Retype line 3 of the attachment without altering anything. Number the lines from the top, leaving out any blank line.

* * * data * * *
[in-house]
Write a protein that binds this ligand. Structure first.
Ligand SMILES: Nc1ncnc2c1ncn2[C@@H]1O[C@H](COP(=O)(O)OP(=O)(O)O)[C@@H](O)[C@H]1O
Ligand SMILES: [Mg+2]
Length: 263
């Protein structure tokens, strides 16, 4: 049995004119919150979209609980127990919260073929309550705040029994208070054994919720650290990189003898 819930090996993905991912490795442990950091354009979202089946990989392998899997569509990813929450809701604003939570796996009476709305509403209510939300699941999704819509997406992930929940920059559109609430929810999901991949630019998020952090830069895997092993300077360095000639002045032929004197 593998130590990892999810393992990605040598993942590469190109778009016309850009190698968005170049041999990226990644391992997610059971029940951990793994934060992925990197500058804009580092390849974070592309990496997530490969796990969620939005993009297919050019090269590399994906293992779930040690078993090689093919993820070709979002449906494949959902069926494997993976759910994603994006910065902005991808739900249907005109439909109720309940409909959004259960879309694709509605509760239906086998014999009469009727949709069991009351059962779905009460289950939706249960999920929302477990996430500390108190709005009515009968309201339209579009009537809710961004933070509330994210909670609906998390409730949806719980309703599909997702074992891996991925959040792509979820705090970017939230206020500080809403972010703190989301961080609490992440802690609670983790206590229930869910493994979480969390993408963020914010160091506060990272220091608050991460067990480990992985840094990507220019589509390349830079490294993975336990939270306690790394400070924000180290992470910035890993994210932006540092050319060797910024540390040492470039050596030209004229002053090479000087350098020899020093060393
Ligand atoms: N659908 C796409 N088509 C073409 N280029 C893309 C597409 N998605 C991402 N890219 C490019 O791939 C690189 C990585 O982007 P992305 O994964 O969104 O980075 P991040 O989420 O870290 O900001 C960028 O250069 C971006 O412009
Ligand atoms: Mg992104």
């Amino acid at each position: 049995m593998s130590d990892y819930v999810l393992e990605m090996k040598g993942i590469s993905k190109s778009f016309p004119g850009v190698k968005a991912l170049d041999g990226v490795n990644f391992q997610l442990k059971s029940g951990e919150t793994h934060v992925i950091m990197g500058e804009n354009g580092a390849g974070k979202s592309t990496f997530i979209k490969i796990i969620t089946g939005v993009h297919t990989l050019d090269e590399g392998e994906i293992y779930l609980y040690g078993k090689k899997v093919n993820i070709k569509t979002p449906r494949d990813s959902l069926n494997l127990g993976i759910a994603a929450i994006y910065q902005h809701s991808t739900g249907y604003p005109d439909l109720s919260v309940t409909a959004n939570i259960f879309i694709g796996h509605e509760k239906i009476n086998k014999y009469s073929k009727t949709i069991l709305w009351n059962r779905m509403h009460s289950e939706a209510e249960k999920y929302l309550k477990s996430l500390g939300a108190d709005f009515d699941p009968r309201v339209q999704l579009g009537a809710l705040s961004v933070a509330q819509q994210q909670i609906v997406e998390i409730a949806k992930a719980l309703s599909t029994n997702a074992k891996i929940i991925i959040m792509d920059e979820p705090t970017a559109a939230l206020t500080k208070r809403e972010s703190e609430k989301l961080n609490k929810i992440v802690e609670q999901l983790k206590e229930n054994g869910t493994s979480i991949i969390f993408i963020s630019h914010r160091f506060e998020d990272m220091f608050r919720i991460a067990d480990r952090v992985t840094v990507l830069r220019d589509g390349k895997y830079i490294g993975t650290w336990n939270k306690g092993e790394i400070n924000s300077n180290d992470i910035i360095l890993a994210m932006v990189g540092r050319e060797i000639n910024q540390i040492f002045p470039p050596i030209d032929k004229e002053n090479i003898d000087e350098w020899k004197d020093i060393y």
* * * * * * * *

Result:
Ligand SMILES: Nc1ncnc2c1ncn2[C@@H]1O[C@H](COP(=O)(O)OP(=O)(O)O)[C@@H](O)[C@H]1O